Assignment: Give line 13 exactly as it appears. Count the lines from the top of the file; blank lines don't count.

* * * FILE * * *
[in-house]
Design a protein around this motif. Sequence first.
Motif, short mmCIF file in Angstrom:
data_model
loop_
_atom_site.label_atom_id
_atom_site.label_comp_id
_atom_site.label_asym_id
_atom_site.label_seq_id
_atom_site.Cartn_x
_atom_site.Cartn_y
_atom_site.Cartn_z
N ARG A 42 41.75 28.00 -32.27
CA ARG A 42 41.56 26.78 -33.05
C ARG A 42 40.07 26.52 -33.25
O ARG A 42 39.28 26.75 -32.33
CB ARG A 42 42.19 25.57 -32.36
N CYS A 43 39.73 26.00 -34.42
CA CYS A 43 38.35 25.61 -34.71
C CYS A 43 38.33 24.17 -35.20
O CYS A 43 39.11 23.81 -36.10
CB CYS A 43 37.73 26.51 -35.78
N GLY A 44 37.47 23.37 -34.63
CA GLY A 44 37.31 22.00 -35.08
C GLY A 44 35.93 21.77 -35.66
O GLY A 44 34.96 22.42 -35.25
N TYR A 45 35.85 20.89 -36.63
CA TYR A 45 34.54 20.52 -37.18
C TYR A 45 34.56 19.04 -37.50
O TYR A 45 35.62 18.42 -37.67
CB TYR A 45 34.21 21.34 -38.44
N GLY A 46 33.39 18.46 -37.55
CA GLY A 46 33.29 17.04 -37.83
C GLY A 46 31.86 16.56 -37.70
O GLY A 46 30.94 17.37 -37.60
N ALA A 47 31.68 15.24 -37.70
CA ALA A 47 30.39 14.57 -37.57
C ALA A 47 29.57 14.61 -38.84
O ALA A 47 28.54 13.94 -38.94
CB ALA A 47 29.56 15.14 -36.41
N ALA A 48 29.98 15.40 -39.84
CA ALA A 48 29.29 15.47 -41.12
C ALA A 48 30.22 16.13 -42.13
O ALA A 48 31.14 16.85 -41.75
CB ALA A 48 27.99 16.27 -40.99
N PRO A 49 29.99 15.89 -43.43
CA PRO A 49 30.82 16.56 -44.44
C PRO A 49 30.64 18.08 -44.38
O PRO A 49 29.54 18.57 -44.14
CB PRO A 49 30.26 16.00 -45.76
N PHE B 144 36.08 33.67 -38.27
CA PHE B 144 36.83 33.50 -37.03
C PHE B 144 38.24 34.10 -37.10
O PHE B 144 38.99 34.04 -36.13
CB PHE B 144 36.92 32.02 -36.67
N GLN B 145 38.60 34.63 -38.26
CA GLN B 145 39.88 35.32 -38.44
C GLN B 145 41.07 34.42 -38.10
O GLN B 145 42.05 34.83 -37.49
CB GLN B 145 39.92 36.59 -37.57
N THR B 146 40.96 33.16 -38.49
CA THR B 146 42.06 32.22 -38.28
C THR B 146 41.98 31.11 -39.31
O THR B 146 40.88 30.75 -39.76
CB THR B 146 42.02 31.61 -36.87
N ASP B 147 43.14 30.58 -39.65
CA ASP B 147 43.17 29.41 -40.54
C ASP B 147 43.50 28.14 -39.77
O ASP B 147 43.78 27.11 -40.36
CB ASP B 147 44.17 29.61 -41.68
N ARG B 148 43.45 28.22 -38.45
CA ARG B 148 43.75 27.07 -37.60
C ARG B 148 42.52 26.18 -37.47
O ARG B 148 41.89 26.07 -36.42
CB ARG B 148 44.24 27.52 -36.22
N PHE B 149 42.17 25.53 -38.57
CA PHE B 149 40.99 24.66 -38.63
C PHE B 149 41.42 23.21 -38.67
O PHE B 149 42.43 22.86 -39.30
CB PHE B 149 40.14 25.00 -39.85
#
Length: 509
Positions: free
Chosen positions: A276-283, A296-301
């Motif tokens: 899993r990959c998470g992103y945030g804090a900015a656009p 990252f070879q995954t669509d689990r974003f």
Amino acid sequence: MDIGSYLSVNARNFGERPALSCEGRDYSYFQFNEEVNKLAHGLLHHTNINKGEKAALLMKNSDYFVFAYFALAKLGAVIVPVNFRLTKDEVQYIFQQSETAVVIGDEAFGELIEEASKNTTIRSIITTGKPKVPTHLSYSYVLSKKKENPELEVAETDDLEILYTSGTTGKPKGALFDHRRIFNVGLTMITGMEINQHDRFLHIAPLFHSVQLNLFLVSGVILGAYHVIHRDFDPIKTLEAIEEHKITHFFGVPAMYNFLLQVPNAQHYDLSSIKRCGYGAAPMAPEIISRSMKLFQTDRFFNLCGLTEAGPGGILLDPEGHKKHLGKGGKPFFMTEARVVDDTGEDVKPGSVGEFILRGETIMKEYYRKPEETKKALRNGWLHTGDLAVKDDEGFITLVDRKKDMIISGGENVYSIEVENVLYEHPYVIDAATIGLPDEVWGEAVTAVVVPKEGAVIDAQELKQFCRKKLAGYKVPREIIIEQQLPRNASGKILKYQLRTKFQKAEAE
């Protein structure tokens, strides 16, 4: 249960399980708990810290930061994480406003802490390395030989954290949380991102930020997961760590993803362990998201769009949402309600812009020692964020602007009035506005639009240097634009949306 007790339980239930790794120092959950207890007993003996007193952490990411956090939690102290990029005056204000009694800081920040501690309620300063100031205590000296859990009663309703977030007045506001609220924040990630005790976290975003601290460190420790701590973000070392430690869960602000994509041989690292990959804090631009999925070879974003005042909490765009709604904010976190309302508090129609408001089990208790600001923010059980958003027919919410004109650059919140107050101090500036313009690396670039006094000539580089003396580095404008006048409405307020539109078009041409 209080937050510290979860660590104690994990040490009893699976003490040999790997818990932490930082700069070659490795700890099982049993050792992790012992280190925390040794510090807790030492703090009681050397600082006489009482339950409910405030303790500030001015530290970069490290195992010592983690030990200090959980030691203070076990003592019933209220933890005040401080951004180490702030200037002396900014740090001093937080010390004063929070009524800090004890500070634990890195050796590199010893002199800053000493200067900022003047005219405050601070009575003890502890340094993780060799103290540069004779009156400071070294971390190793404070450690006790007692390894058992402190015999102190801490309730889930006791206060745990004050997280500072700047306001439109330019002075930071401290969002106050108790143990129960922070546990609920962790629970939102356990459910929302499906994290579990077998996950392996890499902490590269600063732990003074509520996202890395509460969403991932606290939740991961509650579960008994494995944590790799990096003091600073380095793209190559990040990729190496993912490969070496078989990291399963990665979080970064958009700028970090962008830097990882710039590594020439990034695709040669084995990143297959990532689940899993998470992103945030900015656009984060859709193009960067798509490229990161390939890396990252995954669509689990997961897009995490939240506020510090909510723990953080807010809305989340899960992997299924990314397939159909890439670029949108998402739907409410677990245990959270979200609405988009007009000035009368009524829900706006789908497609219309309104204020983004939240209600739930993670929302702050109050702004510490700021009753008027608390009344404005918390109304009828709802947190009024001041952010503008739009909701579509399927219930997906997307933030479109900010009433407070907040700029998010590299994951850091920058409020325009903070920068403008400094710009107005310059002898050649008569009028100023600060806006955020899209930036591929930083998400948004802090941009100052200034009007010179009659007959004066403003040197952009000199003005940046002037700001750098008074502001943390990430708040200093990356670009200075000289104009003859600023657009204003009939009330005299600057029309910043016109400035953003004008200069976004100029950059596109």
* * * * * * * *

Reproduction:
N ARG A 42 41.75 28.00 -32.27